news

No Comments

LES Galleries Band Together During an Especially Slow Summer

“Companion Species (Speech bubble)” by Marie Watt

Foot traffic to Lower East Side art galleries is usually stagnant during the summer months, and it has been even more so during the pandemic. Marc Straus, owner of the Marc Straus gallery on Grand Street, decided to do something about that. He partnered with other galleries in the neighborhood and last Thursday, more than 45 of them opened in the evening to showcase their exhibitions.  More →

No Comments

A Food Pantry That Weathered the Height of the Pandemic Is Bracing For a Second Wave

A volunteer at the check-in desk in front of Church of the Village. (Photos: Trish Rooney)

On a gloomy Saturday afternoon, The Church of the Village’s sanctuary is a beehive of activity. Fifteen volunteers in masks, hairnets, and aprons unpack boxes, bag food, and move bins the size of bathtubs through the room and down the line, onto a conveyor belt to the volunteers at the entrance. It’s the last stop before the food is passed to patrons waiting patiently on the sidewalk. There’s a shelf of Gatorade, jumbo boxes of raisins, bags and bags of bagels. The food shelves stretch from the bottom of the steps by the altar, down the length of the nave, right to the door. More →

No Comments

‘We Don’t Have a Lot of Hope’: Williamsburg Artists Grapple With the Pandemic

Class on the roof of the Ace Hotel. (Photo: Effy Grey from We Are Nature)

Nicole von Arx was one of many Williamsburg artists and merchants whose lives were completely disrupted when the pandemic hit in March. In the span of a few days, all of the choreographer’s shows and residencies were canceled and she had to close NVA & Guests, her contemporary dance studio. George Flanagan, general manager of Williamsburg’s notoriously cool Rough Trade record store, was forced to shut the shop and furlough the entire staff. Javier Hernandez-Miyares, founder of 17 Frost Gallery, a celebrated Williamsburg recording studio and exhibition space, canceled all exhibitions for the foreseeable future.

More →
No Comments

We’re All Morbid Now: Brooklyn’s Death Educators Are Doing Lively Business

Divya Anantharaman, who gave a pheasant taxidermy lecture in July.

A projection of a blinking skeleton grows larger and larger. To a viewer today it looks like a cheap trick at a haunted house. But for audiences in the 19th century, this image was terrifying. Before cinema, people had never encountered moving images, so a specter on the wall seemed like a real ghost approaching. More →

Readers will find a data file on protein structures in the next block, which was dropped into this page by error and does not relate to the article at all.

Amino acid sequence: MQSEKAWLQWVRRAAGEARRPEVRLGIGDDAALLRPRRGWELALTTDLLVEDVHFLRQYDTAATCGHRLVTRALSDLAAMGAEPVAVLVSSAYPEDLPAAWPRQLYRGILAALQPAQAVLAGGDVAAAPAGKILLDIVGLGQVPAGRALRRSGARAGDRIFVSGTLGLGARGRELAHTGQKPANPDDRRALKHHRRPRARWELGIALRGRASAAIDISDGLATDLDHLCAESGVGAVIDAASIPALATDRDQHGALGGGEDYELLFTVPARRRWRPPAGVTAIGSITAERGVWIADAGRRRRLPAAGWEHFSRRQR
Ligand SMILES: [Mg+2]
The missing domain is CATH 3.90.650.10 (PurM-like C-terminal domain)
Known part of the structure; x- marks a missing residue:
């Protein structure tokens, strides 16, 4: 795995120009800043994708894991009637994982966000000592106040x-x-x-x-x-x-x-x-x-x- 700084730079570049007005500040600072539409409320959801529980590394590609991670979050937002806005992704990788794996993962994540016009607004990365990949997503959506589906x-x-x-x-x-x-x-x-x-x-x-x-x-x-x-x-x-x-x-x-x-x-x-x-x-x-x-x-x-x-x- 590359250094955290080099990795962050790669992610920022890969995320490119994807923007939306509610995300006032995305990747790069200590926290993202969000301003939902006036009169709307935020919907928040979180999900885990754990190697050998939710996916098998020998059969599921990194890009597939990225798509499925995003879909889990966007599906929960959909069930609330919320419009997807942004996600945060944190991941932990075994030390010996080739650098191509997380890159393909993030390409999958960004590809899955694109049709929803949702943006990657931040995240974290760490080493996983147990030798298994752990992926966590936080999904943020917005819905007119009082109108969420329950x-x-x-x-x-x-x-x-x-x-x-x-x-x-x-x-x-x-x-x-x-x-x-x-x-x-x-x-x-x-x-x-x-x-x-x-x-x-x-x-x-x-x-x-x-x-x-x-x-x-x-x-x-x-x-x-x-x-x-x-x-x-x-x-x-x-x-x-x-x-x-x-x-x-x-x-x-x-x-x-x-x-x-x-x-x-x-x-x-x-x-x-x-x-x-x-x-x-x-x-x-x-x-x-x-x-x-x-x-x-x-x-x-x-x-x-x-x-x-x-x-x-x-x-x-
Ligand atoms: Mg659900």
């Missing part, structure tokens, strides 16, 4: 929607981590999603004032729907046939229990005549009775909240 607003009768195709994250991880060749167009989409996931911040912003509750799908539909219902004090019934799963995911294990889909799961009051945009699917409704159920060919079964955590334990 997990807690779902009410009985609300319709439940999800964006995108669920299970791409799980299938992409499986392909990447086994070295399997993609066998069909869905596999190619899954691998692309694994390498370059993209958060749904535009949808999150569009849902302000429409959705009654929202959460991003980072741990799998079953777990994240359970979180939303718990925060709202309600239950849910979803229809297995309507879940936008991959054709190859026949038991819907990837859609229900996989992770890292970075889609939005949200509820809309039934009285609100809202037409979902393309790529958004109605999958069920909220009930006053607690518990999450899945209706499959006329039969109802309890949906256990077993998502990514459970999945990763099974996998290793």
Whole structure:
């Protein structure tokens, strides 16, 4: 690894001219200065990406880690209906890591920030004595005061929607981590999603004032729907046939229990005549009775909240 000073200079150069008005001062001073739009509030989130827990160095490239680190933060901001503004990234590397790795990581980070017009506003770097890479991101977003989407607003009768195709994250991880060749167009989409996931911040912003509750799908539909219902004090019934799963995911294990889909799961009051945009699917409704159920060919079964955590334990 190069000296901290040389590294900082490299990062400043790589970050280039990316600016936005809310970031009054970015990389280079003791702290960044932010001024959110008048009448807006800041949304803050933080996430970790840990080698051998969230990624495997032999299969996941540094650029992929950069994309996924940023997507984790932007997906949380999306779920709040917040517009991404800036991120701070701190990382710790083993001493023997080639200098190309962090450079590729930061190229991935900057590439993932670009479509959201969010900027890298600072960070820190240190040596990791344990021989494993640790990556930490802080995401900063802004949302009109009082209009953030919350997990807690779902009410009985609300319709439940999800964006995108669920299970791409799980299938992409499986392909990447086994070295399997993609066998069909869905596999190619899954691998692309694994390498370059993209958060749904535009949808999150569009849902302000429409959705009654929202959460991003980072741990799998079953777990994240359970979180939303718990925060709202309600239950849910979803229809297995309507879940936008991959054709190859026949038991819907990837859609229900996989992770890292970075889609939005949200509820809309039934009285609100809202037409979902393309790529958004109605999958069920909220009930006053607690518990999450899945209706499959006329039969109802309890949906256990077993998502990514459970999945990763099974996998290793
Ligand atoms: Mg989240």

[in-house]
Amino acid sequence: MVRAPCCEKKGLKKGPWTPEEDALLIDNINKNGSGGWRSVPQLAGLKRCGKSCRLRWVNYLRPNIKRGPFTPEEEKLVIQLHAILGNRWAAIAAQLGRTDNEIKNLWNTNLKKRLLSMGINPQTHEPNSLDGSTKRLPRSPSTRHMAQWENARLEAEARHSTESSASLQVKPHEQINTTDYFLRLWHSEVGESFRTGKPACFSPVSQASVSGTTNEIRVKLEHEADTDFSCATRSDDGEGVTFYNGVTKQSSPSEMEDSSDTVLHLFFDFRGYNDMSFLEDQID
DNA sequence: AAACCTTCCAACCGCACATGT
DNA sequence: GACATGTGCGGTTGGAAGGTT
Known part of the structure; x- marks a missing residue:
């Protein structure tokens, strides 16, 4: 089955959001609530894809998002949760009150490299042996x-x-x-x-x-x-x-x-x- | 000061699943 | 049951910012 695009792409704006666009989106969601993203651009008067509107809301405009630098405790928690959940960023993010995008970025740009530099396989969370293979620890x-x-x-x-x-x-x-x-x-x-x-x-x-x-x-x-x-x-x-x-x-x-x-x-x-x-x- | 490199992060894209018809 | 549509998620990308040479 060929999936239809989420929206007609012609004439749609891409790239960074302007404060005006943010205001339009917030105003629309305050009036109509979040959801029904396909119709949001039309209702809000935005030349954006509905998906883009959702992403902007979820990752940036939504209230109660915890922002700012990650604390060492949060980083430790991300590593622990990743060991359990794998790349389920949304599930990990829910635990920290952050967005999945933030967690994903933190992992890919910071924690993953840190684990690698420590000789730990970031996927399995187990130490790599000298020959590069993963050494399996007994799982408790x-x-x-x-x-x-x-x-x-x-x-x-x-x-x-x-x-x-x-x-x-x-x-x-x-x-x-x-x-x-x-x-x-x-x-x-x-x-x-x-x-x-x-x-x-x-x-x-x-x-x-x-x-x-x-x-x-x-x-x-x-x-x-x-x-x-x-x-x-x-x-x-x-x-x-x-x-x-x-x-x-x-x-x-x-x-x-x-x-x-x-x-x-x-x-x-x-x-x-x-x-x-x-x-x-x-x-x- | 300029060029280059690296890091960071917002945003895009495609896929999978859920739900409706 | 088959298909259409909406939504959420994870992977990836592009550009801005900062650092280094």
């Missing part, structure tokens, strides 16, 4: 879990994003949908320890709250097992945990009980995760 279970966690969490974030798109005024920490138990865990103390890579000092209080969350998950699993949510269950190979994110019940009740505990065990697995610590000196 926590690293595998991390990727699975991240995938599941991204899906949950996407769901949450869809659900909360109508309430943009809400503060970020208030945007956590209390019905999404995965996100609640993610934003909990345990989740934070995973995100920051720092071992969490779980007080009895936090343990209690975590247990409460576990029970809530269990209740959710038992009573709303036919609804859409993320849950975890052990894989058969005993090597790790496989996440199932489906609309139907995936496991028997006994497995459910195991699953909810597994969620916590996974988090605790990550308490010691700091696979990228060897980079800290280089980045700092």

No Comments

As Pandemic Fractures the City, Mosaic Man Stays on the Trail

The East Village is one of the most visually distinct neighborhoods in New York City, and for the past 35 years, James “Jim” Power’s famous Mosaic Trail has twisted through the middle of it like a colorful ribbon made of tile. His efforts have made him a beloved neighborhood character, more mascot than fixture, and at age 73 — with wispy white hair tucked beneath a Vietnam Veteran cap, a slight but hardy frame, and faded red scooter he uses to navigate the street — he feels no desire to slow down. But he feared the coronavirus pandemic would force the issue. More →

1 Comment

“It’s Just Not Cool to Stick Up For Us’: Hasidim Feel Villainized as City Cracks Down

(Photo: Bonnie Natko/Flickr)

After months of media attention surrounding Hasidic resistance to social distancing guidelines, Brooklyn’s Hasidim fell under state-mandated lockdown orders that have sparked physical confrontations. Earlier this month, demonstrators in Borough Park shouted “Jewish Lives Matter” at a bonfire kindled with masks; the next night, a mob assaulted and spit on journalist Jacob Kornbluh, beating him to unconsciousness. The violence marks a turning point in long-building tensions between the Hasidim and the rest of the city, which have drastically escalated in intensity over the last few months. More →

No Comments

Stand-Up Tara Cannistraci On Outdoor Comedy, and Why Indoor Shows Make Her Feel Like Bronx Barbie

(Photo courtesy of Tara Cannistraci)

From the cold, slightly damp ground in Prospect Park, mild laughter dissolved into the Friday evening air in late September. Comedians stepped up onto the “stage” (a small hill) and competed for attention. If it wasn’t the music from the Zumba class 50 feet away that was stealing it, it was the child’s birthday party marked by large mylar balloons. Usually the most disruptive thing in a comedy club is the drunk heckler, but a heckler probably wouldn’t be heard here by anyone other than the family next to him with the baby on a picnic blanket.. The show was hosted by Tara Cannistraci, a comedian from the Bronx. “I have a show tonight because laughing is essential,” she tells people. “I’m basically a nurse.” More →

No Comments

A Look Back at the Street Fight for a Complete Census Count in Central Queens

Christian Cassagnol. (Photo: Raphael Helfand)

The census ended yesterday, Oct. 15, after a Supreme Court ruling on Tuesday. The decision, which stayed an order from a lower court that would have allowed the count to continue until the end of the month, marks the end of a long fight for a complete count across the country. In Queens Community Board District 4, which presides over Elmhurst, Corona and Corona Heights, the stakes were especially high. CB4 district manager Christian Cassagnol and board member Kristen Gonzalez have pushed hard for outreach all year. The immigrant populations they represent have always been undercounted, leading to a lack of resources in their communities.

More →